In the Dhammapada, the central collection of the sayings of the Buddha, these following verses are near the beginning of the collection, because they point to one of the most central and important teachings of the Buddha.

3. “He abused me, he beat me, he defeated me, he robbed me”, in those who harbor such thoughts, hatred is not appeased.

4. “He abused me, he beat me, he defeated me, he robbed me”, in those who do not harbor such thoughts, hatred is appeased.

5. Hatreds never cease through hatred in this world; through love alone they cease. This is an eternal law. 1

One important aspect of Buddhist training is recognizing the underlying viewpoints we hold that lead to suffering. Most of us feel that we have been the victim of others, the victim of their greed, hate and delusion. We all have memories of being unfairly criticized, ignored, belittled, and misunderstood. Often, the karma can even be more difficult, we may have been physically or psychologically hurt, abused, molested, or mistreated. How do we let these things go? How do we not cling to being damaged, to being a victim, to rail against the injustice, the unfairness, the evil of others? Yet the liberation of our hearts that we seek in Buddhism cannot come until we forgive everything and trust that nothing was ever fundamentally damaged or lost no matter what has happened.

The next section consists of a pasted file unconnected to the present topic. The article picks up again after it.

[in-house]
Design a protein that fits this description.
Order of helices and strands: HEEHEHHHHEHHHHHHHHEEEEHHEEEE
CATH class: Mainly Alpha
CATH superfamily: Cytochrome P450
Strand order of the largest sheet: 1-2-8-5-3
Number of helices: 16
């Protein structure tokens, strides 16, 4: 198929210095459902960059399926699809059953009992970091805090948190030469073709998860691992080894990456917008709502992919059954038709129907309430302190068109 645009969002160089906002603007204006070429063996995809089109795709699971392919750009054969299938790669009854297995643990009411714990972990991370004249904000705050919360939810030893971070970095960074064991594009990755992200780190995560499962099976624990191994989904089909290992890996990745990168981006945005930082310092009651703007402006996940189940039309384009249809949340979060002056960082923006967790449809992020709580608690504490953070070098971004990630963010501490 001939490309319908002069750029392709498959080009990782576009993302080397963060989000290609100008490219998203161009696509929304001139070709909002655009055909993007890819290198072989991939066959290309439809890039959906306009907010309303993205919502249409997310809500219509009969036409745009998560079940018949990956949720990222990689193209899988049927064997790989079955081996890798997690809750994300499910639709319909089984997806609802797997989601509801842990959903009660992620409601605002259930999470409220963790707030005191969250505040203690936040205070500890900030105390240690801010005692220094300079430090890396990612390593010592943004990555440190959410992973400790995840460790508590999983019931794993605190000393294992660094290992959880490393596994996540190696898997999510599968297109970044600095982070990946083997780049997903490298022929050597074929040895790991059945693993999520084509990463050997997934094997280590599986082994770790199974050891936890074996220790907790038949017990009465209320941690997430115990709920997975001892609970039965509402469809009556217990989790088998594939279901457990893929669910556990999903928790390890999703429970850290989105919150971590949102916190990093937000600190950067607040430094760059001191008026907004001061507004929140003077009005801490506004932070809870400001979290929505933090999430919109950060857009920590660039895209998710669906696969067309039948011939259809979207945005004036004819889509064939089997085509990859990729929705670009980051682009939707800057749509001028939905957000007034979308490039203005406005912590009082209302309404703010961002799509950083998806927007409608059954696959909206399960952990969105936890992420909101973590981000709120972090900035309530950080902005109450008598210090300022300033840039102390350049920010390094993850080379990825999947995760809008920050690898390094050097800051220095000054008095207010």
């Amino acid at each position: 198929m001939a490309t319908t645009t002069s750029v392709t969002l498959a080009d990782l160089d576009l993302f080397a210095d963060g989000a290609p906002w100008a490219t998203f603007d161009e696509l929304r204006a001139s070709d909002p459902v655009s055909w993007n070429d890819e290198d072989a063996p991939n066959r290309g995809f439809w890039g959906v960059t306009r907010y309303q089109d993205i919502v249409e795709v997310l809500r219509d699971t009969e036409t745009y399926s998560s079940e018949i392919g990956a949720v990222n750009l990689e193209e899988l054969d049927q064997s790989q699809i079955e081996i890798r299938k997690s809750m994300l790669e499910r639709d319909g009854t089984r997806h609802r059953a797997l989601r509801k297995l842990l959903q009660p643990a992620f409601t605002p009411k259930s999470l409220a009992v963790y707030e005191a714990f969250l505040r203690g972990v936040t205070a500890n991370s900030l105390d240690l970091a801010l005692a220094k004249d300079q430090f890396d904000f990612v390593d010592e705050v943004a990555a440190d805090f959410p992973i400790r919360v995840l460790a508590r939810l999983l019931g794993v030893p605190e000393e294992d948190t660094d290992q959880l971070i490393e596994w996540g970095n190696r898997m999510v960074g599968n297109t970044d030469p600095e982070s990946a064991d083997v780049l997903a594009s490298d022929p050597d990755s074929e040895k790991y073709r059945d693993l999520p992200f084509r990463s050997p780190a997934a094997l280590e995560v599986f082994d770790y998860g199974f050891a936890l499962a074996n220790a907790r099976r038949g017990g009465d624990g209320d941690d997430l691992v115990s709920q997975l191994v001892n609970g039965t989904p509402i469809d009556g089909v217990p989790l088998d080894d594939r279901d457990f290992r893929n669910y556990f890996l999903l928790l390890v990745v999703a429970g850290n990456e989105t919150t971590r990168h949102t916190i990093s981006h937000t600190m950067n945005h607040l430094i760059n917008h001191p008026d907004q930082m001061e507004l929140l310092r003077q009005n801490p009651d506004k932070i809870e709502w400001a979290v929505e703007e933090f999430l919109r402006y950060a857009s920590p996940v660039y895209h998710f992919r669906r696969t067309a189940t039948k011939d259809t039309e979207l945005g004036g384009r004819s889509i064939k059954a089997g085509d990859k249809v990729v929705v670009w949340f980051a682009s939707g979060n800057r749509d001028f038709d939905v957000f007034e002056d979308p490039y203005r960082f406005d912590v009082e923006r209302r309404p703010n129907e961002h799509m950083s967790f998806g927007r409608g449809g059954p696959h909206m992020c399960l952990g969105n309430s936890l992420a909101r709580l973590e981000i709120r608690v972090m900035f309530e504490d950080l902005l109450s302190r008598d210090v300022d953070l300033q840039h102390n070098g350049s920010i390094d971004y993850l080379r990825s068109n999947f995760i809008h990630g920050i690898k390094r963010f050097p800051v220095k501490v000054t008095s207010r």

The wondrous aspect of Buddhist training is that all hurt and all wounds will dissolve and wash away eventually if you are willing to apply the Dharma and stop clinging. When we hold on to the hurt and the damage, we actually feed suffering and keep it alive. We nurture these wounds in our hearts and keep replaying the conditions that hurt us. The compassion central to Buddhist practice brings us to open our hearts to what is being offered in the present and to let go of the past. Meditation points us to the realization that nothing binds us unless we allow it to and give the defiling emotions a home in our hearts and minds. The practice of meditation points us to the ideal we are striving to awaken. Whatever we think, whatever we feel, whatever we remember, we need to let everything go and trust in what is unfolding in our lives in this very moment. The whole practice of meditation is a practice of trying to let go and not let anything get between us and the ever-present life of Buddha.